An exciting project to bring the town’s Guildhall back to life was launched on Thursday and will see the forgotten building become a focal point for visitors and education.
The Guildhall Project needs to raised £370,000 and has submitted a planning application to transform the Bury St Edmunds building.
It wants to hear from people who may have information or stories to tell about the Grade 1 listed building in Guildhall Street which dates back to the 13th century.
On Thursday 150 guests including the Marquess of Bristol attended the launch.
Once the centre of civic administration in the town it is thought to be one of the oldest and best preserved medeival guildhalls in the country. The Banqueting Hall and Court Room, are Georgian and there is a Royal Observor Corps control room from World War Two in an annex.
The transformation will create an ‘immersive’ concept bringing the history of the town to life through live enactors as well as highlighting its historic fabric. There will be an outdoor seating area and sensory garden and displays of clocks from the Gershom Parkington Clock collection which have been in storage since the Manor House Museum closed in 2006.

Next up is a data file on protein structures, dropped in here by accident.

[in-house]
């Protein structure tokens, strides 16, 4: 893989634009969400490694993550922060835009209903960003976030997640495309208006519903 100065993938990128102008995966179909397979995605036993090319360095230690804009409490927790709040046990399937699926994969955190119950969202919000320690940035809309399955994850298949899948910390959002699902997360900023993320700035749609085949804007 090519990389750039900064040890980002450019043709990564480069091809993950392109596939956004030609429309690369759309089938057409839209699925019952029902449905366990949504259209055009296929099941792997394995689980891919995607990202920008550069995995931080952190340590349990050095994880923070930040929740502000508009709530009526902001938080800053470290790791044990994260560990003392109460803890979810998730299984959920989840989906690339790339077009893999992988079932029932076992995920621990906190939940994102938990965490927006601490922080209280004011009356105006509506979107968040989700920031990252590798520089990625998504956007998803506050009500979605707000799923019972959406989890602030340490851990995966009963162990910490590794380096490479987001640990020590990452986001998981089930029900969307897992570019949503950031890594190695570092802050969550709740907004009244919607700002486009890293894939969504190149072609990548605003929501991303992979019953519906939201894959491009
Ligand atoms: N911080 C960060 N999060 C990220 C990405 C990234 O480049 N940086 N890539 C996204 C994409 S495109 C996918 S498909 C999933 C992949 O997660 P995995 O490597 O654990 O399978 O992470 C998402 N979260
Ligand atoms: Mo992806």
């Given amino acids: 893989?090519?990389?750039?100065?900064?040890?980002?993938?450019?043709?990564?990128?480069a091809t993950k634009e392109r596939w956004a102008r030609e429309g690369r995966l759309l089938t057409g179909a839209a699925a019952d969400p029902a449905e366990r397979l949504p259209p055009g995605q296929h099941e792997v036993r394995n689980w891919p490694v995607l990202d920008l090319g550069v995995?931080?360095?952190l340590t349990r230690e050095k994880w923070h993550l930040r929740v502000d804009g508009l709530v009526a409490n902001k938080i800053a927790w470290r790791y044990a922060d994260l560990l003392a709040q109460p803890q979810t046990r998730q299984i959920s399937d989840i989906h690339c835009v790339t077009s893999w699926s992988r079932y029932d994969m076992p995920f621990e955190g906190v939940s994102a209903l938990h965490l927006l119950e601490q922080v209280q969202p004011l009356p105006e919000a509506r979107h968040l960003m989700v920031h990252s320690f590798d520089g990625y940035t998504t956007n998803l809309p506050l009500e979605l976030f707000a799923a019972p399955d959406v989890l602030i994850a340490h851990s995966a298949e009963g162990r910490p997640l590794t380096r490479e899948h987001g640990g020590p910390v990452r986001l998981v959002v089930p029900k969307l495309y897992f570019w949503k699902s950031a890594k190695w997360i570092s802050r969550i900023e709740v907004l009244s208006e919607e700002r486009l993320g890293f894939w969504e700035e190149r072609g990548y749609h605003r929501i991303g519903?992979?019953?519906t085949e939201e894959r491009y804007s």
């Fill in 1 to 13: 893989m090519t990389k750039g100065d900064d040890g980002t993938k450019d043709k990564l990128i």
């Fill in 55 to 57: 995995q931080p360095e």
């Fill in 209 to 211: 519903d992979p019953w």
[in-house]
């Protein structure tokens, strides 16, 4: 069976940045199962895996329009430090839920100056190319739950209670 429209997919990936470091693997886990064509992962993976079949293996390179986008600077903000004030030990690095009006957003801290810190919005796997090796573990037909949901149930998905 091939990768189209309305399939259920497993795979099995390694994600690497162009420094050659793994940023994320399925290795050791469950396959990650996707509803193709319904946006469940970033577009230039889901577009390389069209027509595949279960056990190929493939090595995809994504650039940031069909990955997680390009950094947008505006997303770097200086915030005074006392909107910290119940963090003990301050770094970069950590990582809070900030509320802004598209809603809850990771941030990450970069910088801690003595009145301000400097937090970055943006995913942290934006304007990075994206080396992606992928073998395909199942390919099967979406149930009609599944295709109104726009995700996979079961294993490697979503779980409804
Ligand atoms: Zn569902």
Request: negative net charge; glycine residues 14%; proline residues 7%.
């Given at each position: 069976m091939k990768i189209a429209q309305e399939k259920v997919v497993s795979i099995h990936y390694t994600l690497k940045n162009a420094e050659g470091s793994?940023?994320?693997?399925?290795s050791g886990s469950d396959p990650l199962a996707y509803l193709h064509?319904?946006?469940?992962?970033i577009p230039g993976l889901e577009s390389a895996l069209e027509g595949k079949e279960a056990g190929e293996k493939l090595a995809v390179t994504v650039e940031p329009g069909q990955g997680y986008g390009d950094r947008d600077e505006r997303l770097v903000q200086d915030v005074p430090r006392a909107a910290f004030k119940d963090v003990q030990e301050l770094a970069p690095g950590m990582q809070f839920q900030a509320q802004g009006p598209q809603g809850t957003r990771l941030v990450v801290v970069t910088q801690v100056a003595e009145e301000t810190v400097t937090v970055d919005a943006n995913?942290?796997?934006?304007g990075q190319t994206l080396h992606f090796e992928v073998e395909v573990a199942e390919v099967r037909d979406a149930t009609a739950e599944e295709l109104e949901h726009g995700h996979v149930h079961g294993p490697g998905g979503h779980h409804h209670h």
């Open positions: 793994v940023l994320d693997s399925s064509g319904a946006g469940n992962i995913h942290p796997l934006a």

The building will also be upgraded to accommodate the latest in health and safety and disability access and will provide learning opportunities through its displays.
A Heritage Lottery bid for £1.5m will be submitted in September and Historic England is currently putting urgent roof repair work out to tender.
Project manager James Mellish said: “It is really exciting that 800 years of history is opening back up to the public. It has been a lost building for half a century.”
Sarah Grieveson, project fund-raiser, said: “When we’ve held our open days previously people have come into the Guildhall and didn’t even realise it existed or hadn’t been in there for many years. People see it as a real asset to the town - it’s the oldest complete civic building in the country. It’s built for the town so it would be nice to be able to return it back to the town for the community to use and we feel this is the best and most sustainable way to do it.”
As well as appealing for donations and financial support the project also wants to hear from people who have stories about the Guildhall which would be documented in a video presentation.
Ms Grieveson said they also want to collate stories about the WW2 operations room.
People are also invited to become a friend of the Guildhall.
To become a Friend of the Guildhall and find out more you can contact Sarah on firstname.lastname@example.org